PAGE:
Swiss UAV Company Expands and Makes U.S. Debut

 - August 23, 2013, 10:40 AM
Unmanned Systems Group displayed at the Unmanned Systems 2013 this month in Washington, D.C. (Photo: Bill Carey)

A Swiss-owned company that is developing a trio of remotely piloted air systems (RPAS) for civil and military applications made its inaugural appearance at the recent Unmanned Systems conference in Washington, D.C. Unmanned Systems Group, with headquarters in Baar, Switzerland, displayed its Discoverer and Discoverer II fixed-wing air vehicles and a scale model of the planned Atro-X unmanned helicopter featuring tip-jet rotor propulsion.

Last July, Unmanned Systems AG, the group’s investor- and management-owned parent company, acquired a majority share of Swiss UAV. The combined group now has facilities in Baar and Niederdorf, Switzerland; Linköping, Sweden; and Bicester, UK.

A “production prototype” of the 551-pound (250 kg) mtow Discoverer II made its first flight on September 3 last year at Karlskoga airfield, Sweden, some five months after the company completed the design. The composite and metal air vehicle is configured as a pusher-prop with twin tail booms connected by a horizontal stabilizer. It has a 23-foot wingspan and winglets. With a payload capacity of up to 154 pounds (70 kg), the aircraft is designed to carry the Selex Seaspray 5000E maritime surveillance radar and an electro-optical/infrared turret for both blue-water and littoral surveillance. For surveillance over ground, it can be fitted with the Selex PicoSAR AESA radar. The group advertises endurance of more than 16 hours, based on the size of a fuel tank module and the payload.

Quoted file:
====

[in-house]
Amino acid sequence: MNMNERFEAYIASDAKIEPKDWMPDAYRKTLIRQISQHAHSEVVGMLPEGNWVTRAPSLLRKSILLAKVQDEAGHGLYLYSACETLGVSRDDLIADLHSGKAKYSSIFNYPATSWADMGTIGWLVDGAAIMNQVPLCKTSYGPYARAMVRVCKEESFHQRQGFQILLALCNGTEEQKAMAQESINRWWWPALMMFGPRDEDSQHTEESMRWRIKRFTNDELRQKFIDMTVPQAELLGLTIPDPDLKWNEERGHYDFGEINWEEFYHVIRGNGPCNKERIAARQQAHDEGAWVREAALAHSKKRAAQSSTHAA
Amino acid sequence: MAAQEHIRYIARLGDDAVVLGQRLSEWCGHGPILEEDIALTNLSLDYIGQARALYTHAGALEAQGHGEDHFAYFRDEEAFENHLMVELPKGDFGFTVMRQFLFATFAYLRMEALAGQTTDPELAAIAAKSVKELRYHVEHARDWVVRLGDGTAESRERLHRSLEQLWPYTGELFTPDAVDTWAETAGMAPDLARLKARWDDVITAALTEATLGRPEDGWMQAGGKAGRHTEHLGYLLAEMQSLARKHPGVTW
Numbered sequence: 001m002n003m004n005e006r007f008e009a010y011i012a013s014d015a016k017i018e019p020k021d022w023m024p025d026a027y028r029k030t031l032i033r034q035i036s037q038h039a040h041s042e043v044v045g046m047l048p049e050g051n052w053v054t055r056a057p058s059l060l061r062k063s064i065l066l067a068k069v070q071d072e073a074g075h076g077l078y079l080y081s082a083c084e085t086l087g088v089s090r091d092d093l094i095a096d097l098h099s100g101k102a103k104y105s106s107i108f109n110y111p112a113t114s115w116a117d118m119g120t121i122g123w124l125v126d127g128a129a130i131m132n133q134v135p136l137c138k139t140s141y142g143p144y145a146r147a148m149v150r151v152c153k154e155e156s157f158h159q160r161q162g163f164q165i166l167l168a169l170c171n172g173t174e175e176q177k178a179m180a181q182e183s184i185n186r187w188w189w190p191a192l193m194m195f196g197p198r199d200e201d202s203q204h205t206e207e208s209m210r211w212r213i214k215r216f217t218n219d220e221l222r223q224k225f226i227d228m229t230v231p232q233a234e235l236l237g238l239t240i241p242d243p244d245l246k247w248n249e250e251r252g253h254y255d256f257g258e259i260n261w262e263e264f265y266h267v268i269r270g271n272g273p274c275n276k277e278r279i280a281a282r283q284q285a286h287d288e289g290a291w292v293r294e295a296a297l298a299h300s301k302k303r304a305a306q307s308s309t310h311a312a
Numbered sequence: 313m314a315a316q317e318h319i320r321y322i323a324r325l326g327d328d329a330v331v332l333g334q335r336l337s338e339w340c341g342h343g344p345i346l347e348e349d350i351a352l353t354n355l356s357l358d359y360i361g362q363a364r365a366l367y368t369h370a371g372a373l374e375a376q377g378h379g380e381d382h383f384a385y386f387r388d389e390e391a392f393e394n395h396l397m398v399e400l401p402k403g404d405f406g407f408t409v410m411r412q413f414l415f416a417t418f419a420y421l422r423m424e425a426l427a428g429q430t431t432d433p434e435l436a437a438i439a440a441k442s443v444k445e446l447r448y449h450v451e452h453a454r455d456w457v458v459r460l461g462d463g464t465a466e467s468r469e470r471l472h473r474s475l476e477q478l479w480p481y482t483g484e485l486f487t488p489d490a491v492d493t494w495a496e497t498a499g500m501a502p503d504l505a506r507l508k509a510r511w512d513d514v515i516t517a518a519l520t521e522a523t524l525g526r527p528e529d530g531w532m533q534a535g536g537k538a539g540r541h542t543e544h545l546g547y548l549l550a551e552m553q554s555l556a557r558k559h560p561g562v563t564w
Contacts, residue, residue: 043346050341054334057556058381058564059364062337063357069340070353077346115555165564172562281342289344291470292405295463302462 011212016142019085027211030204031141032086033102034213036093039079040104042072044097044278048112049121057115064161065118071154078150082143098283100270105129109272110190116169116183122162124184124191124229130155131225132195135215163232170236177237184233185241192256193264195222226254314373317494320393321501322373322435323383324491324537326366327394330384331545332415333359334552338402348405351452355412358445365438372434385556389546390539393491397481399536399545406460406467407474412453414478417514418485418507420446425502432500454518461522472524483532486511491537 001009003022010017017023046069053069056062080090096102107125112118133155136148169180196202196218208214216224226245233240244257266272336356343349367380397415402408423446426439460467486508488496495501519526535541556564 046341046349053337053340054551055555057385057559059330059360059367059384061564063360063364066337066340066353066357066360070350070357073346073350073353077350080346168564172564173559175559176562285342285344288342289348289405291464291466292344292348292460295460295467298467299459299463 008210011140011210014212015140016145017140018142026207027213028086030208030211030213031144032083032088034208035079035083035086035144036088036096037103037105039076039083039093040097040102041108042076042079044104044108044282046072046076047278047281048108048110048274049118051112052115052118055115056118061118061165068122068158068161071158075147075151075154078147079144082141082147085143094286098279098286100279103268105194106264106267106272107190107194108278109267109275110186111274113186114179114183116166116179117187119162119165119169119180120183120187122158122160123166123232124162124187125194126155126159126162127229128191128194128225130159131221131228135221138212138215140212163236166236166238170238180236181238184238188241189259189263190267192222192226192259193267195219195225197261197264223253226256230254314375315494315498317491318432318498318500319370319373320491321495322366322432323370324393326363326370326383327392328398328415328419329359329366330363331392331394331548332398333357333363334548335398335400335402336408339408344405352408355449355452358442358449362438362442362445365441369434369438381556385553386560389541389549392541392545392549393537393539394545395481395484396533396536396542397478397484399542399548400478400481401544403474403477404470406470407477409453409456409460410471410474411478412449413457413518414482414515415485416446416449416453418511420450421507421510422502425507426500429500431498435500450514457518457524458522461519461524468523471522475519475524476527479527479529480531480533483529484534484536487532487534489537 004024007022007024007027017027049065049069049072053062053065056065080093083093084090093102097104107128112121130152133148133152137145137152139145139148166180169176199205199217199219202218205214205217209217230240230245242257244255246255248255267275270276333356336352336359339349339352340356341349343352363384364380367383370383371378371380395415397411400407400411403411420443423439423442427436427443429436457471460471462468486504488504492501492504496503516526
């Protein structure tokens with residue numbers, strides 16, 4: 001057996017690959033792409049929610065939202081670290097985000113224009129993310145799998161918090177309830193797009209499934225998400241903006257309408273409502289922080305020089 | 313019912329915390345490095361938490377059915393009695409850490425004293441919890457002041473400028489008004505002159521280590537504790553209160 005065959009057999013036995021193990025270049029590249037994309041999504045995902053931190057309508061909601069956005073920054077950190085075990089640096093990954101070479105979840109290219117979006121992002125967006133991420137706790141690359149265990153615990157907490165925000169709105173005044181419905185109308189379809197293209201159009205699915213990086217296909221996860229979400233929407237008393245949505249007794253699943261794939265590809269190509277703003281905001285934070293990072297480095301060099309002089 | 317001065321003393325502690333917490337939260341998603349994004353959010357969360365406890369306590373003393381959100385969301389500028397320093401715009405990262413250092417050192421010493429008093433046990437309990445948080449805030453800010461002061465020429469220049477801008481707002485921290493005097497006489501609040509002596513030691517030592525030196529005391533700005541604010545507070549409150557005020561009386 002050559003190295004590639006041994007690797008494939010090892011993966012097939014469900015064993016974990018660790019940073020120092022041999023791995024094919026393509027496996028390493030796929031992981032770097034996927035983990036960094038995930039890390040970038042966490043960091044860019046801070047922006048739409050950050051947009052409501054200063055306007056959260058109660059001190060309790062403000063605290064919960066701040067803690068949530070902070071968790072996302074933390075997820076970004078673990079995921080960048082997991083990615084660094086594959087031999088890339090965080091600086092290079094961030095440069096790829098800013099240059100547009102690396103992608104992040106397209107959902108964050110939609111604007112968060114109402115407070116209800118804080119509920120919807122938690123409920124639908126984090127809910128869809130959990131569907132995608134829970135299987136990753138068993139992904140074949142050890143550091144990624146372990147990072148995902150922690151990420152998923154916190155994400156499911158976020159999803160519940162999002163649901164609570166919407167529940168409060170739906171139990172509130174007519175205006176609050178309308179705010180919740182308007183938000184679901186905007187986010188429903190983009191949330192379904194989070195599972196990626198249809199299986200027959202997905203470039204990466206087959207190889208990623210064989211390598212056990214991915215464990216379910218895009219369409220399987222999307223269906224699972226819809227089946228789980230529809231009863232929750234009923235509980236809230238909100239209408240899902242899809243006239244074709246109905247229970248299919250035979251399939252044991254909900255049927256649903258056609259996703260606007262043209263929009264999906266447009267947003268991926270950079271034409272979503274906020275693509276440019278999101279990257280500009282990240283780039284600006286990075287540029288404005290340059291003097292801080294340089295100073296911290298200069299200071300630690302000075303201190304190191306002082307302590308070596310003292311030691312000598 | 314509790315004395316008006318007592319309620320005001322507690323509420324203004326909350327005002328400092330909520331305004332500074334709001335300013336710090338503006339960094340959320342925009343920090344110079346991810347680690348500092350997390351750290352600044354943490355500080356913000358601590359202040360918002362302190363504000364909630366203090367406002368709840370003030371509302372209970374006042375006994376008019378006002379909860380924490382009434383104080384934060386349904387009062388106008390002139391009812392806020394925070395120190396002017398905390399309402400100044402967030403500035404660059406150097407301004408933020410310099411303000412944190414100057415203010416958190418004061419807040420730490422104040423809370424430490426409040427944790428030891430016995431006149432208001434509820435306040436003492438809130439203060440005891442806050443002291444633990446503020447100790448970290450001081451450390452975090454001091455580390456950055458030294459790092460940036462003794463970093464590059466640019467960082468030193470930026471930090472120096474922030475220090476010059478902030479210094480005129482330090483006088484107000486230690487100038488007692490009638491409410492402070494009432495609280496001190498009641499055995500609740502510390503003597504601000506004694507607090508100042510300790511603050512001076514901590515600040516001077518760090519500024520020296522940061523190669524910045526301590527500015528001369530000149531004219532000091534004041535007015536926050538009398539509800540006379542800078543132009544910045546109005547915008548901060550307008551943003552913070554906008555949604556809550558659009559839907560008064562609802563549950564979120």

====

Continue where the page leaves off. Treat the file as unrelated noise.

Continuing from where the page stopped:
The 46-pound Discoverer small RPAS is based on an earlier platform designated the CT-450 and first flown in January 2012. The air vehicle has twin tail booms and an inverted V-tail, with a universal payload mount for various sensors, including a retractable gimbal. It can be launched from a Thule car roof rack or a portable pneumatic catapult, and has more than 20 hours’ endurance. Both Discoverers are designed to be modular, with interchangeable components. They have no components subject to U.S. International Traffic in Arms Regulations (ITAR) restrictions.

James Scott, RPAS ground support manager, said the group is focused on further developing the Discoverer II, which has drawn interest from the Swedish special forces, among other potential customers, as a possible RQ-7 Shadow replacement. The next milestone is to fully integrate a Swiss UAV autopilot, which was being tested on a Penguin B aircraft manufactured by UAV Factory, a U.S.-based company. The group will begin hot-and-high testing of the Discoverer II in Kuwait in partnership with Kuwait Aerospace Technologies, which plans to build an unmanned aircraft center of excellence in that country.



The Saab Skeldar is based on an evolution of the CybAero Apid 5, not the Swisscopter S-350.

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